Whether choosing to work on the iPad or computer, digital media has endless possibilities for exploration. Painting on the iPad is much like canvas or paper but gives me the flexibility to go back in time to an earlier state of the painting. I prefer to use my finger to paint on the iPad rather than using a stylus. The iPad paintings here were created with an application called Brushes.
The use of found objects combined with painting in Photoshop excites me, as does the crispness of simply drawing in Adobe Illustrator with a Wacom pad.
The Caged Bird, Adobe Illustrator
Sideshow, iPad painting
Insomnia, iPad painting
The Ring, iPad painting
Night Whispers, iPad painting
Heart Angel, Adobe Photoshop collage with found objects
Only the Heart Knows, iPad painting
Heart Burst, acrylic and Photoshop
The Jester Calls, Adobe Photoshop collage with found objects
Peaceful Sleep, Adobe Illustrator
Invincible Summer, Adobe Illustrator
Why Do We Look Alike? Adobe Illustrator
My Protector, Adobe Illustrator
My First Solo Flight, Adobe Illustrator
Why Was He Unable to Reveal His True Self? Adobe Illustrator
Only The Crow Saw It, Adobe Illustrator
Blankets From Heaven, Adobe Illustrator
House Arrows, Adobe Illustrator
The decision to mix mediums often just happens. It’s a feeling of the picture saying “I need more”. The richness of layering paint, type, paper and letting go of any preconceived notion of how it has to look leads one down a road of discovery. Connecting to yourself through materials; the smell, the touch, the color. Whether you are expressing joy or sadness, what could be more fun?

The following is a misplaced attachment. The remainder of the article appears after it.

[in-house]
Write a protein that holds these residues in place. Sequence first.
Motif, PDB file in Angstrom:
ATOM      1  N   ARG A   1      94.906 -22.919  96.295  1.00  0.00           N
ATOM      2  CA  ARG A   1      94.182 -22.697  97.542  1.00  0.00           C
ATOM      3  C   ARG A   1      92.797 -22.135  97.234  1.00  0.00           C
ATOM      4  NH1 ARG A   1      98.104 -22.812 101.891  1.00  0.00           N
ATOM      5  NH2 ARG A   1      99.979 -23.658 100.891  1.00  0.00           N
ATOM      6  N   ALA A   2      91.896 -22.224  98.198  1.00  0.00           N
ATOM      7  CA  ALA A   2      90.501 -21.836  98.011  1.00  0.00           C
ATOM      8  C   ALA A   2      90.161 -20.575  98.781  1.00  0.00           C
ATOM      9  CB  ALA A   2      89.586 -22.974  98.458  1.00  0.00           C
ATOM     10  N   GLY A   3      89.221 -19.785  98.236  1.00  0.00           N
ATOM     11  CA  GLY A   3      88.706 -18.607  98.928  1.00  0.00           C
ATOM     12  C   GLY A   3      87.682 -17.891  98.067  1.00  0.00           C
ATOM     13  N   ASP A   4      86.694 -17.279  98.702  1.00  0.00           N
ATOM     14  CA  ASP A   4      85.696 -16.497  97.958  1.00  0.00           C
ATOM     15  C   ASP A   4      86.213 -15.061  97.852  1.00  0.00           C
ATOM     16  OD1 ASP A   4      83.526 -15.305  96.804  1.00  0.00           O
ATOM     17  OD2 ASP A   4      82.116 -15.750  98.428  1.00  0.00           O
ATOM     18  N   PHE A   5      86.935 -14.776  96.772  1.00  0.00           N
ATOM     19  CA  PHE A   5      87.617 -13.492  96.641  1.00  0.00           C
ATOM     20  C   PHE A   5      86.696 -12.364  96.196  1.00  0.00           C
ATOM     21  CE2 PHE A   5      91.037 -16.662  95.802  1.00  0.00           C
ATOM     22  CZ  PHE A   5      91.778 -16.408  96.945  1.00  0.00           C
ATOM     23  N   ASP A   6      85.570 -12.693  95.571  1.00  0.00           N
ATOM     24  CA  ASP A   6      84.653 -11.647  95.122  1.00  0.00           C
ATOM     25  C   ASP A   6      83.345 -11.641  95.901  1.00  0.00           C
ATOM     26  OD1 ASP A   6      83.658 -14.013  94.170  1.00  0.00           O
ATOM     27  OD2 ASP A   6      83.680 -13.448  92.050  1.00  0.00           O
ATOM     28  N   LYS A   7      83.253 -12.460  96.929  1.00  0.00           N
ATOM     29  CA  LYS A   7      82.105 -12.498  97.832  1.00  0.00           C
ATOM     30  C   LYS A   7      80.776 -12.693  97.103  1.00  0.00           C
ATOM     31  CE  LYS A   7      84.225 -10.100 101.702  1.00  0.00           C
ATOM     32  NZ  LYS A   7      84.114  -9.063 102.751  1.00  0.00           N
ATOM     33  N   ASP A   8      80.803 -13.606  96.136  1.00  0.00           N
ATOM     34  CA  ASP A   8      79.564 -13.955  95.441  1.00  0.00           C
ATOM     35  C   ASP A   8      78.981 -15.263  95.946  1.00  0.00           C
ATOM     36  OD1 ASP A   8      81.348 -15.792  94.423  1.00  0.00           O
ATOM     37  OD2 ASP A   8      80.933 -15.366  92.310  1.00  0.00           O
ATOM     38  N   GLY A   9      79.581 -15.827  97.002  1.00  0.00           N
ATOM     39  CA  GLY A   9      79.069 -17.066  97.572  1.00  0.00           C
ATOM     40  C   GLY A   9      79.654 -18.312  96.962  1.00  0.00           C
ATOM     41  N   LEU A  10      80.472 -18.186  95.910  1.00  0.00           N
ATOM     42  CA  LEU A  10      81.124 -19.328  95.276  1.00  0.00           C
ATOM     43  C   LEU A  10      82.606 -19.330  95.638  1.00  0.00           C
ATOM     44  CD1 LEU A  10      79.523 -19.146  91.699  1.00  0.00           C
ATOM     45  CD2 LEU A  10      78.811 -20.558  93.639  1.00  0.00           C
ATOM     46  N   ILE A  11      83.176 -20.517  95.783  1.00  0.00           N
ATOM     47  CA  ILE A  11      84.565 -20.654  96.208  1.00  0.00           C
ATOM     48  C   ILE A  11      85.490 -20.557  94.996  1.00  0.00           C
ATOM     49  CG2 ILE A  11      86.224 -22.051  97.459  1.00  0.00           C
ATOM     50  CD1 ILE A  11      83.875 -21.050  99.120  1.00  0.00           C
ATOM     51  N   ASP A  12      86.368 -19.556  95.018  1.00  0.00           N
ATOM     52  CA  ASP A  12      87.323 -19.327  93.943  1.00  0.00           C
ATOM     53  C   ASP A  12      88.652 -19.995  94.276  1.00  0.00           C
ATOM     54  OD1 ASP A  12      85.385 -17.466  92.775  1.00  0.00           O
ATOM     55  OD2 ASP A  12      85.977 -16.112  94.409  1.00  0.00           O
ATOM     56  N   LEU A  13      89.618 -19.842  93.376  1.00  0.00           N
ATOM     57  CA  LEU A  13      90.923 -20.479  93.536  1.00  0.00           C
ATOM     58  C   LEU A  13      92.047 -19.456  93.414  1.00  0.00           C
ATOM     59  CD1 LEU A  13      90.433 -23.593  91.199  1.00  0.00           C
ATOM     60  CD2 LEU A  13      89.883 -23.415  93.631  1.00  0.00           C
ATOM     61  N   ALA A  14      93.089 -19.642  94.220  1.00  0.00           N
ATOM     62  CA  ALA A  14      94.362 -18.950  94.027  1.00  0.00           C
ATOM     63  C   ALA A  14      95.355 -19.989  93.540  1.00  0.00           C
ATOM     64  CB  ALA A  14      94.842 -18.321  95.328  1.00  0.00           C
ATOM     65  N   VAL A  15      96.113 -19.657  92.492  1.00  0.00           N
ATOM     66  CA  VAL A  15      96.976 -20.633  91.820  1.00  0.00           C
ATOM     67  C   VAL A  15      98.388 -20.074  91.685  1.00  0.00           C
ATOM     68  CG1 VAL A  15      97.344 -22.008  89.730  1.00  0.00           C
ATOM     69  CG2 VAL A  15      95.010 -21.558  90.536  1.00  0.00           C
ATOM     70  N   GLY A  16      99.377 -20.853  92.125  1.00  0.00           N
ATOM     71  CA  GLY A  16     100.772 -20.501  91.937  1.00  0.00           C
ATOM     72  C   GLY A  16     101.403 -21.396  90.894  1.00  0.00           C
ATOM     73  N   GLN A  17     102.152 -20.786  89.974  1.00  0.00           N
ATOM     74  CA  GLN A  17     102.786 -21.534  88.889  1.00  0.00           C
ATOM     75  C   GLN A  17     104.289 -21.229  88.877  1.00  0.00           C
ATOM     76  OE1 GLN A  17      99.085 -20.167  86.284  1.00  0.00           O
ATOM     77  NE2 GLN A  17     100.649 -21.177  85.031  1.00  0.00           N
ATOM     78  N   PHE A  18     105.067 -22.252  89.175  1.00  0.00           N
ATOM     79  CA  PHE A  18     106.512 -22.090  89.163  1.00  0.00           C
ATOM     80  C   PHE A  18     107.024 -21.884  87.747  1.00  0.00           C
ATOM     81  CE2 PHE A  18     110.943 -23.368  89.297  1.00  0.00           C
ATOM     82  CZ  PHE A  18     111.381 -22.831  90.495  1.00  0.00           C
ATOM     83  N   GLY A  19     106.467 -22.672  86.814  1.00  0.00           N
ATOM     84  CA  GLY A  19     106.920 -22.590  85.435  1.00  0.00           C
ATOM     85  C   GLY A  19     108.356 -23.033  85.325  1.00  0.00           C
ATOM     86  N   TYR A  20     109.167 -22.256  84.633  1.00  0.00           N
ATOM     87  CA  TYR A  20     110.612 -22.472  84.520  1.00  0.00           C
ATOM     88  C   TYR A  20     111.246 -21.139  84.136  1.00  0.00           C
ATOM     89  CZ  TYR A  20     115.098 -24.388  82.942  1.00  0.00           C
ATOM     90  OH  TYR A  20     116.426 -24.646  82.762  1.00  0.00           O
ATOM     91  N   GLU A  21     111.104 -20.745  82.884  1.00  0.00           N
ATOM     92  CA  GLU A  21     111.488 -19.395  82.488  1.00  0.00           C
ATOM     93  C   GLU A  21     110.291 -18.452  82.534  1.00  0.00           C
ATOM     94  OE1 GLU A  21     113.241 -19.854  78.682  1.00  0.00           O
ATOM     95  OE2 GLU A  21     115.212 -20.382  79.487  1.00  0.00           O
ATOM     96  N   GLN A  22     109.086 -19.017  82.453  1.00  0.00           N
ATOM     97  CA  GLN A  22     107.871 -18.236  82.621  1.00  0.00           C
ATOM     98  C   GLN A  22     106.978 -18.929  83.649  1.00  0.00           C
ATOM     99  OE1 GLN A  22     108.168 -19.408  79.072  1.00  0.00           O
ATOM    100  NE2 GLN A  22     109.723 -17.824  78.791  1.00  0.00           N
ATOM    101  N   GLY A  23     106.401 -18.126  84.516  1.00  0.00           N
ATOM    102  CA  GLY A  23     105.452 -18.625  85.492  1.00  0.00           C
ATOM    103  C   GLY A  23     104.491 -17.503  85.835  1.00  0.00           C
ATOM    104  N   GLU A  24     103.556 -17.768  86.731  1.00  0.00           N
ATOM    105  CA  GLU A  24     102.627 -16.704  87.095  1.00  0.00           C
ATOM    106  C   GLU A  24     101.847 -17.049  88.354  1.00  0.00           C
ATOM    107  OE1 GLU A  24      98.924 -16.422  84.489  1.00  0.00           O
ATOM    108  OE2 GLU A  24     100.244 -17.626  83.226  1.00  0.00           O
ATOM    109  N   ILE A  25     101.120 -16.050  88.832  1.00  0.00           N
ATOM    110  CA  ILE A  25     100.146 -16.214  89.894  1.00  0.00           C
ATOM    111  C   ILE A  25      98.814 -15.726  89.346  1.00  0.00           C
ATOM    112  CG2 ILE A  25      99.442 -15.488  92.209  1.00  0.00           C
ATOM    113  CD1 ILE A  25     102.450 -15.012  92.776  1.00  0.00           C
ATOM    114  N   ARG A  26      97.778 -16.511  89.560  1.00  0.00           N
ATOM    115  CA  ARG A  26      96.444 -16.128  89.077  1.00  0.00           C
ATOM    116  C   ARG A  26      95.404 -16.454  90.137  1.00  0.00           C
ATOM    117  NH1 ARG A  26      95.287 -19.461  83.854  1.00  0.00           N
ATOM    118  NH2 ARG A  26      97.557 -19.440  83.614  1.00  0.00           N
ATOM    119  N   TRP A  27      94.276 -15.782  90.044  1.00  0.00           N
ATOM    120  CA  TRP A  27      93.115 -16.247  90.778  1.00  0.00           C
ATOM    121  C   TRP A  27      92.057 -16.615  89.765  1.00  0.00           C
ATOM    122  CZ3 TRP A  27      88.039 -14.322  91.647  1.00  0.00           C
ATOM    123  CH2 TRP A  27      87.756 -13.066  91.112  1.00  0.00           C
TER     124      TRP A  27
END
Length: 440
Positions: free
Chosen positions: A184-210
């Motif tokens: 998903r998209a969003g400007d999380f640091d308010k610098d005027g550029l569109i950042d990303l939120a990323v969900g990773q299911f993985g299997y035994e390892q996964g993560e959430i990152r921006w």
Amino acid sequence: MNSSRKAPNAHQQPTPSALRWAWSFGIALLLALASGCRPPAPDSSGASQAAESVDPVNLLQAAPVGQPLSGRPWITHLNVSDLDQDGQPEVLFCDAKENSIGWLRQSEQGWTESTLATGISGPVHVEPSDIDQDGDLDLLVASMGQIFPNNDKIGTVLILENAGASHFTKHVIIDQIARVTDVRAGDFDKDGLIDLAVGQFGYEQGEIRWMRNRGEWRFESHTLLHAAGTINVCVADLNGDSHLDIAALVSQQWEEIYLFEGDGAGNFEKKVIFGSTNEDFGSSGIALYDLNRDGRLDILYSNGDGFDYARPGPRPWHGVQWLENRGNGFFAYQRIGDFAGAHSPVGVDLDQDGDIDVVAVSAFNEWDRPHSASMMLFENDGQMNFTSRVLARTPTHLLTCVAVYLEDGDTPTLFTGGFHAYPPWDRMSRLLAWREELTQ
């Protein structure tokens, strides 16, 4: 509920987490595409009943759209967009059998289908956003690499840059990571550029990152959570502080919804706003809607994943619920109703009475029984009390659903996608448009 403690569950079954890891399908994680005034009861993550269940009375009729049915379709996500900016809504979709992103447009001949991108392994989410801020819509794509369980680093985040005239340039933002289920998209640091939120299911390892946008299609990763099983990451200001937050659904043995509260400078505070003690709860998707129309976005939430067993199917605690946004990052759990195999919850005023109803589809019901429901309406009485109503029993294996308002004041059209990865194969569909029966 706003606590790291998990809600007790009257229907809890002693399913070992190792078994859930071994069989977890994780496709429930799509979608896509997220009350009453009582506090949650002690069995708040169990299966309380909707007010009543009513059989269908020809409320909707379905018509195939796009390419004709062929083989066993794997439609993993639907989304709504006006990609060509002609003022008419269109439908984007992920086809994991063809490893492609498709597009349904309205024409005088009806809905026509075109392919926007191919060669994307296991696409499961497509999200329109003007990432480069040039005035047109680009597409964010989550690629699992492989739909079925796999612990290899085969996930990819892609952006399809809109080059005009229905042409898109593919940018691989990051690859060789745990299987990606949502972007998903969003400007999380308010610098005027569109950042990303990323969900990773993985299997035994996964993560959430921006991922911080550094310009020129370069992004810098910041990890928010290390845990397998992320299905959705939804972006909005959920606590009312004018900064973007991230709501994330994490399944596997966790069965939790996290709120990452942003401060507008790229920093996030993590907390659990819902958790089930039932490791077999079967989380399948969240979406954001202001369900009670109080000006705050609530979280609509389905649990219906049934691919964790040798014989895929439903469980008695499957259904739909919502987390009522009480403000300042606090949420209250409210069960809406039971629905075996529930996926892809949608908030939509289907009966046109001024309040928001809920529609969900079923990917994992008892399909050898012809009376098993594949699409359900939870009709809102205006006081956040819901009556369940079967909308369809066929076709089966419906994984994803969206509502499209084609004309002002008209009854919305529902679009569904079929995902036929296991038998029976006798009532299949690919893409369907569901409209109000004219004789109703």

Past, Present & Future, gouache and colored pencil on paper 10” x 8 “
The Void, watercolor, ink, colored pencil and cut paper 20” x 14”
The Year Reagan Was Shot, acrylic, collage and colored pencil on paper 9” x 12”
Self Portrait, acrylic, cut paper and Adobe Photoshop 9” x 12”
Secret Trees, acrylic and ink 23” x 29”
Cat Angels, found objects and paper 6.5” x 6.6”
The Gift, acrylic, ink and collage 8.5” x 5”
Healing Mandala, cut glass and stones 10” x 10”
Watercolor crayons are one of my favorite mediums. Working with them is quick and luscious, like drawing with lipstick then applying water with a brush to make it into paint. I mostly use Caran D’Ache Neocolor II or Staedtler crayons on high quality watercolor paper.
The works here were created in a stream of consciousness manner; a flow state where one line connects to the next and the next without thought as to how the overall image will end up. A color here, another color there. They are illustrations of my anxious states and longings, being worked out in my psyche. Art as therapy.
Serum Sickness, water soluble crayons on paper 20” x 14”
Blind Eye, water soluble crayons on paper 20” x 14”
Invisible, water soluble crayons on paper 20” x 14”